If you want to go up to the peak without using the ropeway, there is a hiking course from Mine-no-chaya to the peak of Mount Chausu, which is about 3.1 kilometers and takes about 2.5 hours. It is a fairly easy course since the trail is paved all the way. You will pass by several fumaroles from which volcanic smoke comes out.
Besides Mount Nasudake, there are several hiking trails which can be easily accessed from Nasu Onsen resort. Heisei no Mori (Heisei Forest) is a forest park that was originally part of nearby Nasu Imperial Villa. In 2011, the park was opened to the public while the villa is still used by the imperial family as a retreat. Well maintained trails lead through the forest to huts and viewpoints. An observation deck at the northwest end of the park offers views out of Komadome Waterfall.
How to get to Nasu Onsen
In order to access Nasu Onsen, you will first get on the JR Tohoku Shinkansen from Tokyo Station and get off at Nasu Shiobara Station (about 70 minutes). From Nasu Shiobara Station, transfer to JR buses which go to Shiobara Onsen (1 hour). The Shinkansen and the buses are fully covered by the Japan Rail Pass. Alternatively, you can take highway buses from Tokyo’s Shinjuku Station to Nasu Onsen (about 3.5 hours).
Recommended places to stay
There are three main hot spring bathes including an open-air hot spring and private hot spring at Jizaiso. There are also some rooms available with a private hot spring bath! This is a family friendly Japanese inn and they offer good cares for elderly people and people in the wheel chair.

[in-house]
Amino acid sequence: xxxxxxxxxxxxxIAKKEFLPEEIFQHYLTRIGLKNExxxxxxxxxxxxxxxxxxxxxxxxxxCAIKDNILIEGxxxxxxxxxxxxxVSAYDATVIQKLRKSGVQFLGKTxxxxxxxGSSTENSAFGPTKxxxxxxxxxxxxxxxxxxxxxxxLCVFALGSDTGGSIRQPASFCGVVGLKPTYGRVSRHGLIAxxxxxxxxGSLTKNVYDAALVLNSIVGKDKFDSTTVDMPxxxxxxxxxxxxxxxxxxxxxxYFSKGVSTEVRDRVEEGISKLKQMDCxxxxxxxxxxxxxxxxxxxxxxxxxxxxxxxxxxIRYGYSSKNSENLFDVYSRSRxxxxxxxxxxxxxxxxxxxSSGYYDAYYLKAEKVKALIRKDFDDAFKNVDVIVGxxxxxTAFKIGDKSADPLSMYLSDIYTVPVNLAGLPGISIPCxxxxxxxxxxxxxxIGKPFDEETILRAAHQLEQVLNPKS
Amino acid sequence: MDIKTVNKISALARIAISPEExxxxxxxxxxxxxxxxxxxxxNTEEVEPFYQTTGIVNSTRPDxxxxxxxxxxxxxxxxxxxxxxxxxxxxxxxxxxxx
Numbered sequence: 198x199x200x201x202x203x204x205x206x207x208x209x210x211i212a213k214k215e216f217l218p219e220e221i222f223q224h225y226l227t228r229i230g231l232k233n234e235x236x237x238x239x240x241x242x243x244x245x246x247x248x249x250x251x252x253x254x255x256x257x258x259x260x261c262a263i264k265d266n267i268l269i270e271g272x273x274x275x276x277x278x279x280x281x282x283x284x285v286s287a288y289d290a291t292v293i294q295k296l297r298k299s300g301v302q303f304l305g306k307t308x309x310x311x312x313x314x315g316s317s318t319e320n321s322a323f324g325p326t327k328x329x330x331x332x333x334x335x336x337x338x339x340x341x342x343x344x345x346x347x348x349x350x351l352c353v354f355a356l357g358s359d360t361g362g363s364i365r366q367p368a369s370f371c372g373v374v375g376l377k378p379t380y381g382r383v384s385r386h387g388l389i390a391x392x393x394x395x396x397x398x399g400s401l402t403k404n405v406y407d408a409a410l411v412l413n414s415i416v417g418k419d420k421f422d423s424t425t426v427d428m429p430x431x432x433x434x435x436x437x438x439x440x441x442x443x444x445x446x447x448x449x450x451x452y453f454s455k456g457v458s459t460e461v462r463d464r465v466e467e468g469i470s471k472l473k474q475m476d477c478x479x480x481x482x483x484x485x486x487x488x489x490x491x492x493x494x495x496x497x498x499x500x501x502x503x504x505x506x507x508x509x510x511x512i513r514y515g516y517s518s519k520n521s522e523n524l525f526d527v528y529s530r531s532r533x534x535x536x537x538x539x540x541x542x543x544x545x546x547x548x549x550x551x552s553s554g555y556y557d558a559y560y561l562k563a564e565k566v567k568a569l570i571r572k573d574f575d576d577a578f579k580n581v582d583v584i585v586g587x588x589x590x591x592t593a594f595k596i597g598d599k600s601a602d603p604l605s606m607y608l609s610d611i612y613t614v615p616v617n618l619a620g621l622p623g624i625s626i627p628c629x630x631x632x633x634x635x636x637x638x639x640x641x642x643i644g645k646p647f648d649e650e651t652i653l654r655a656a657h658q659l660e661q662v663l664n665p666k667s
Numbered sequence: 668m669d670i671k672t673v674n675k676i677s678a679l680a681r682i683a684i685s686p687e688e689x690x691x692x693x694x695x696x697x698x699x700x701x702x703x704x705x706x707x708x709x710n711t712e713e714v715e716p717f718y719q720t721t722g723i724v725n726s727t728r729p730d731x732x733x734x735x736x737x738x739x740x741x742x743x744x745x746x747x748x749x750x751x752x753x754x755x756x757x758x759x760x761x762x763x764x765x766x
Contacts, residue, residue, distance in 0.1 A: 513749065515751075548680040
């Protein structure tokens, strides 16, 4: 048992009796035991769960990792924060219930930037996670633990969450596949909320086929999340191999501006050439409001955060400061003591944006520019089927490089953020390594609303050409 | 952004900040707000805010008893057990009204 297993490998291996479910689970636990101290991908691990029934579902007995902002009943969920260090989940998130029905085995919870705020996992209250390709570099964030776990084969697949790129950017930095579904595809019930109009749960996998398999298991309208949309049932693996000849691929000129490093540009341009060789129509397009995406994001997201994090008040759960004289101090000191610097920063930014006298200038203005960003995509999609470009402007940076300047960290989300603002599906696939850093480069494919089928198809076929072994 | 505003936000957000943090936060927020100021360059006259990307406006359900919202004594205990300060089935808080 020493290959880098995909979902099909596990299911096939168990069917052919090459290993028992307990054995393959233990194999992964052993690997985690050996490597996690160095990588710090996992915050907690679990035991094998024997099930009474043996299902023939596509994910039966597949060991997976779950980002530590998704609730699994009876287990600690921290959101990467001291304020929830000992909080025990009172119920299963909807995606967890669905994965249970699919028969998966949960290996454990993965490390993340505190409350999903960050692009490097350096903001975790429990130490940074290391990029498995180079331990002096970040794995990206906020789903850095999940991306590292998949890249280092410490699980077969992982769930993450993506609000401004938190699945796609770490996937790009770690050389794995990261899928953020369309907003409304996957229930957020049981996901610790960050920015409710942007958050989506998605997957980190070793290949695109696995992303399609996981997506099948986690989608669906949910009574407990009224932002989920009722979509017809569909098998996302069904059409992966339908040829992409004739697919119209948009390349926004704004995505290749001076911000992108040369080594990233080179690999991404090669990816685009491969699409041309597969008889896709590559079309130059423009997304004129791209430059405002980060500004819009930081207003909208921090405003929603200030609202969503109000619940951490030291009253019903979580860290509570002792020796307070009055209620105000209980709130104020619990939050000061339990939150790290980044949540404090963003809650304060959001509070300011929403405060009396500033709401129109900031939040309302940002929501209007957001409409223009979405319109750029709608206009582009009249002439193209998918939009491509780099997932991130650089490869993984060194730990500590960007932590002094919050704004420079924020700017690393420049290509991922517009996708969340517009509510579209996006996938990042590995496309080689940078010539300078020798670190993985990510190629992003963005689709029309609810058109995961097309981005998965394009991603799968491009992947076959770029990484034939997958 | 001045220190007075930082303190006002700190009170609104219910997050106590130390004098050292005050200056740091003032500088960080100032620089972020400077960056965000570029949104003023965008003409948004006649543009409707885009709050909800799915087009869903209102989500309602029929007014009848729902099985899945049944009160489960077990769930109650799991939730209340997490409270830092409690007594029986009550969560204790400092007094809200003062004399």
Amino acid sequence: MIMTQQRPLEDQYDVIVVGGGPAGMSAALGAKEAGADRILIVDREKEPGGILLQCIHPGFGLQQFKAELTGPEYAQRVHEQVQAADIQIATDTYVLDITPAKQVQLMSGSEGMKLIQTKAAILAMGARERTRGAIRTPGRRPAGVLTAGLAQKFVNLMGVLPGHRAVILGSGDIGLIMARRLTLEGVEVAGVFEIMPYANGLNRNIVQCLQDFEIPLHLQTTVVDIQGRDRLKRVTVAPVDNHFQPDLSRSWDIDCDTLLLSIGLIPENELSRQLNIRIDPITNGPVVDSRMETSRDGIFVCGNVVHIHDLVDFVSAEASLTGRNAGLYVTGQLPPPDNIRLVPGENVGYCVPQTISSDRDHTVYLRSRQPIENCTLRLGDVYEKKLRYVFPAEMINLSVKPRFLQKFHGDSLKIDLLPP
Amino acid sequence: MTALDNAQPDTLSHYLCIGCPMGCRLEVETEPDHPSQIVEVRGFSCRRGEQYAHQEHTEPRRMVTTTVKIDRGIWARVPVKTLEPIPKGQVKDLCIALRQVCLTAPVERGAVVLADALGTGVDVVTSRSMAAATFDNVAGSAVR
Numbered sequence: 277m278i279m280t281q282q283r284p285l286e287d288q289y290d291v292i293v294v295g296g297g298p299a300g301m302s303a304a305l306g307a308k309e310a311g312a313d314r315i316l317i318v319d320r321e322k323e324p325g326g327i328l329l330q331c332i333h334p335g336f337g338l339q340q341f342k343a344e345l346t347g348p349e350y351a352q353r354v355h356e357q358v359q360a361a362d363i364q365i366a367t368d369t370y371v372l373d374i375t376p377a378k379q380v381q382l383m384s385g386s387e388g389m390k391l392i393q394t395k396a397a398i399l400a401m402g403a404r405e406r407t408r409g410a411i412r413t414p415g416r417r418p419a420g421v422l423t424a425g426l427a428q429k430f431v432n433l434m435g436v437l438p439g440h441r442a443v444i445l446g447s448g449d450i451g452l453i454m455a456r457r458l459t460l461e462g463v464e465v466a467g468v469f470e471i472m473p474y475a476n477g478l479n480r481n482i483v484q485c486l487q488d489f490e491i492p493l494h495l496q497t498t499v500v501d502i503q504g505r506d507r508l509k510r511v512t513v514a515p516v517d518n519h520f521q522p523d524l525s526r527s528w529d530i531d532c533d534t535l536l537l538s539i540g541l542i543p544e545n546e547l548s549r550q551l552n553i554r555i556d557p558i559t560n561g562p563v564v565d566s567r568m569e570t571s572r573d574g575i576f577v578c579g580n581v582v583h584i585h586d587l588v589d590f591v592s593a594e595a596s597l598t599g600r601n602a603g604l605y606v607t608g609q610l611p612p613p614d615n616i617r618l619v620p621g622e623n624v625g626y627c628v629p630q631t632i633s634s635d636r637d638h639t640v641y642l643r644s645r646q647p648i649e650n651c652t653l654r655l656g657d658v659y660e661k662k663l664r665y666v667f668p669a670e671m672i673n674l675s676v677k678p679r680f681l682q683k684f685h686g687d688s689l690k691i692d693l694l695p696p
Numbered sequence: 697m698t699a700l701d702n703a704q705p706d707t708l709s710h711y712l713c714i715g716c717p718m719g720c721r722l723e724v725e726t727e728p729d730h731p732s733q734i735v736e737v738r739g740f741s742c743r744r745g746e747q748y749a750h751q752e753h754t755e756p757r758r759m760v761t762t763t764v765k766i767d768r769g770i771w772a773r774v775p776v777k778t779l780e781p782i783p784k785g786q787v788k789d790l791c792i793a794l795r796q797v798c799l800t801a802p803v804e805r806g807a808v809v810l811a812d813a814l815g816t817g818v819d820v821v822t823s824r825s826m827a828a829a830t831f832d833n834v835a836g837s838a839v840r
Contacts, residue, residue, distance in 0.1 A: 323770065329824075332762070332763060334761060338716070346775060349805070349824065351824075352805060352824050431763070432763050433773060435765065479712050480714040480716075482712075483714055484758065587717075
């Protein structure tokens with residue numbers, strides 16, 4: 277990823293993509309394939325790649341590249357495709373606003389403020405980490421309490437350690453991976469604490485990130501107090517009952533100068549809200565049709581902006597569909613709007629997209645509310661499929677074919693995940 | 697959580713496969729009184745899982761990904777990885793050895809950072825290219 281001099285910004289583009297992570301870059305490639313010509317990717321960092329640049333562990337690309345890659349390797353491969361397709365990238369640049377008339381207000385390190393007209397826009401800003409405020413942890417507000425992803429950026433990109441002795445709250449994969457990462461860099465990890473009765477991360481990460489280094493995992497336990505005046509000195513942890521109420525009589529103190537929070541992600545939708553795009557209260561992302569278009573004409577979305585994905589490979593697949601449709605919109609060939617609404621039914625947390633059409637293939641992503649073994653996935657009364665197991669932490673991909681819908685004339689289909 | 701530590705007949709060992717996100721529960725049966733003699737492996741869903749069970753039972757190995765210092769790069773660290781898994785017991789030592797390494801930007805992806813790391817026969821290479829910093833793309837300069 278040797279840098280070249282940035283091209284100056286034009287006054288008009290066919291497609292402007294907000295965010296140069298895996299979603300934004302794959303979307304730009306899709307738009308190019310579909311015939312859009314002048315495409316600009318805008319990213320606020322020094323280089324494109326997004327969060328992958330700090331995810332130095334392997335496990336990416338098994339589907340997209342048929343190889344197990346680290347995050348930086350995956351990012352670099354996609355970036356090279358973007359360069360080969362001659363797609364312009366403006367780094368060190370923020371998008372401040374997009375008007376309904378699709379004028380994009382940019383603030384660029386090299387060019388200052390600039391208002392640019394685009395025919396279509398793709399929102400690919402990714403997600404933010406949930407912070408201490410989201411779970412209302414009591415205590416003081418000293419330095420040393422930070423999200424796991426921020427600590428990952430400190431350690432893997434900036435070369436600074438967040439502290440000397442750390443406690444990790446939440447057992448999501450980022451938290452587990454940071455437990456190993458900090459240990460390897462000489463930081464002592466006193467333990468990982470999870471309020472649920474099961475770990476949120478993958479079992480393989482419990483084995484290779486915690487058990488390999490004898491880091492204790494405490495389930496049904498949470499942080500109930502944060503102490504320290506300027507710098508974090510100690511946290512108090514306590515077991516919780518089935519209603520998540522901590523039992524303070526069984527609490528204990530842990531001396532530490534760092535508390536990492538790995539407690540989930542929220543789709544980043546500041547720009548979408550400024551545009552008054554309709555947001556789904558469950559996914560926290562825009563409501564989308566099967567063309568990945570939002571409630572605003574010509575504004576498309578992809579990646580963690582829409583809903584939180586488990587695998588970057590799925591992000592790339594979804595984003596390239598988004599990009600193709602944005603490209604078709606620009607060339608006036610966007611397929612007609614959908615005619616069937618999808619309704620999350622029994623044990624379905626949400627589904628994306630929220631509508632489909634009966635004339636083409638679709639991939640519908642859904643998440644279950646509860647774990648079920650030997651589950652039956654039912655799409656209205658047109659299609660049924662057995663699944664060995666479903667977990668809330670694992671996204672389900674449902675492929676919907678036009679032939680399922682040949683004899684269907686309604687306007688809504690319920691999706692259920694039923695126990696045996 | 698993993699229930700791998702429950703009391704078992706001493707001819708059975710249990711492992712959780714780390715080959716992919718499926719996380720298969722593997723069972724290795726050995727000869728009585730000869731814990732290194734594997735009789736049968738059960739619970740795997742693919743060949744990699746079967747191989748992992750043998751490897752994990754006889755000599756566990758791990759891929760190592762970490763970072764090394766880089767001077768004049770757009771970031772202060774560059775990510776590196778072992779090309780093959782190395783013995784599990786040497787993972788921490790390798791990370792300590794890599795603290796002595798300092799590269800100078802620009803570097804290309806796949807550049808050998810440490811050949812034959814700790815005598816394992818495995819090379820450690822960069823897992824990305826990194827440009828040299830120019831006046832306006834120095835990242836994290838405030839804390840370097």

Plus, the staff will pick you up at the station upon your request by bus.
Address: Tochigi, Nasu, Yumoto 206-98
Nasu Onsen Sanraku
Founded in 1923, the emperor Showa once stayed at this traditional Japanese Inn, Nasu Onsen Sanraku. You can relax at spacious outdoor hot spring surrounded by trees. If you want to get the best staying experience in Japan, here they offer the rooms and meals with the best qualities, sophisticated atmosphere and highly valued service.
Address: Tochigi, Nasu, Yumoto 206
Located on a hill, this inn has outdoor baths where you can enjoy panoramic views of the town of Nasu and surrounding mountains. Each room features tatami mats and traditional futon bedding. In the room, you can get a nice view of Yunoko Lake from a seating area next to a large window. If you are interested in skiing or snowboarding in winter, it is a very convenient place to stay because Nikko Yumoto Ski Resort is a 5-minute walk from the property.
Address: Tochigi, Nasu, Yumoto 212-486
Japan Wonder Travel Tours
Japan Wonder Travel offers the best guided tours all over Japan.
We operate various kinds of exciting tours ranging from food and drink tours to private walking tours. We can also arrange your trip upon your request.
- Nikko World Heritage Private Walking Tour (10.5 hours)
- Nikko 1-Day Private Walking Tour
- Tokyo 1-Day Highlights Private Walking Tours (8 hours)
What did you think about Nasu Onsen? The area offers relaxing and healing hot springs along with nice hiking trails in beautiful nature. Why don’t you add Nasu Onsen to your travel plan on the weekend in Japan?